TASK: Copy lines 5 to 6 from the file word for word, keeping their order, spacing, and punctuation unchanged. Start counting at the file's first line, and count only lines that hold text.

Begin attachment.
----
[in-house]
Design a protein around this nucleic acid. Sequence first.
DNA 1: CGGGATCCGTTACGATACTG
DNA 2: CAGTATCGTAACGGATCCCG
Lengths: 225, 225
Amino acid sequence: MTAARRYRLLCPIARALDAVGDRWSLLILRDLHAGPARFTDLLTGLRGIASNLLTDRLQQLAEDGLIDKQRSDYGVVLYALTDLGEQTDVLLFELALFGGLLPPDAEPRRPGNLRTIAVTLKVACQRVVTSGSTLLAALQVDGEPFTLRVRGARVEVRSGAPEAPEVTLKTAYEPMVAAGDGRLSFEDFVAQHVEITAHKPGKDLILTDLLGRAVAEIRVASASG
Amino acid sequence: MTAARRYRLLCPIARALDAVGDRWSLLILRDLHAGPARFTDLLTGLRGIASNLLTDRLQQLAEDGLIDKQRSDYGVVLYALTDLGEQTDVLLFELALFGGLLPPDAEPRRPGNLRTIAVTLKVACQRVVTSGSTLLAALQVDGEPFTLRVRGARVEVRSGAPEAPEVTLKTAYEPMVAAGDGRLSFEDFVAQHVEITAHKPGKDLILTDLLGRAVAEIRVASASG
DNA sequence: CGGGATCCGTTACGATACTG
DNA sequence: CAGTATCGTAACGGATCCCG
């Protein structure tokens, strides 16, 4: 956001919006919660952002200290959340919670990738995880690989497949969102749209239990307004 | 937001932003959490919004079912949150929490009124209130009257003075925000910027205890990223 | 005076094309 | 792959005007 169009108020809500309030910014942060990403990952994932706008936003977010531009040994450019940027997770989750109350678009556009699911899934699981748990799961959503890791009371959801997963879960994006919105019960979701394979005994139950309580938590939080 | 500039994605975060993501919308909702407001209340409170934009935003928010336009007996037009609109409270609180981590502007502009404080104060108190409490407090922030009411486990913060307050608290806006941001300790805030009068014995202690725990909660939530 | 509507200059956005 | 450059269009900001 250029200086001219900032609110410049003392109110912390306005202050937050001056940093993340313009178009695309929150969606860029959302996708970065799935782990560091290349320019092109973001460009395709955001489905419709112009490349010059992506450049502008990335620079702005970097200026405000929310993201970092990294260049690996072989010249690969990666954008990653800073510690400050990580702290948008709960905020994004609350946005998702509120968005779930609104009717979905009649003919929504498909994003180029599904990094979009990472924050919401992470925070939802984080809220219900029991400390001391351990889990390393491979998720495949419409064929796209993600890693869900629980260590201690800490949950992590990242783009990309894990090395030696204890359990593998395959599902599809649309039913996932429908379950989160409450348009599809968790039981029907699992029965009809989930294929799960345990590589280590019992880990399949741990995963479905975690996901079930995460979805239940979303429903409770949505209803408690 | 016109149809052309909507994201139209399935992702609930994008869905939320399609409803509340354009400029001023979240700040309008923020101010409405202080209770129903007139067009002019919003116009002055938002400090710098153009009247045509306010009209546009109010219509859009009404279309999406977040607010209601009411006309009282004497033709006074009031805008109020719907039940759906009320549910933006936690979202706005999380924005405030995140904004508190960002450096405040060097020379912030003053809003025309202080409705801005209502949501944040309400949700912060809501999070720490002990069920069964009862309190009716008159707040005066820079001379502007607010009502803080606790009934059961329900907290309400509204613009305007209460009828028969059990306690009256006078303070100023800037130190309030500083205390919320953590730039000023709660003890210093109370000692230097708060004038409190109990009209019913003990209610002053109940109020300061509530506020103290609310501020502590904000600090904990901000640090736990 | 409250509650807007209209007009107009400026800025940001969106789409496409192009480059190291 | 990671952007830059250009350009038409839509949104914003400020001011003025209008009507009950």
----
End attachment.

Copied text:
Lengths: 225, 225
Amino acid sequence: MTAARRYRLLCPIARALDAVGDRWSLLILRDLHAGPARFTDLLTGLRGIASNLLTDRLQQLAEDGLIDKQRSDYGVVLYALTDLGEQTDVLLFELALFGGLLPPDAEPRRPGNLRTIAVTLKVACQRVVTSGSTLLAALQVDGEPFTLRVRGARVEVRSGAPEAPEVTLKTAYEPMVAAGDGRLSFEDFVAQHVEITAHKPGKDLILTDLLGRAVAEIRVASASG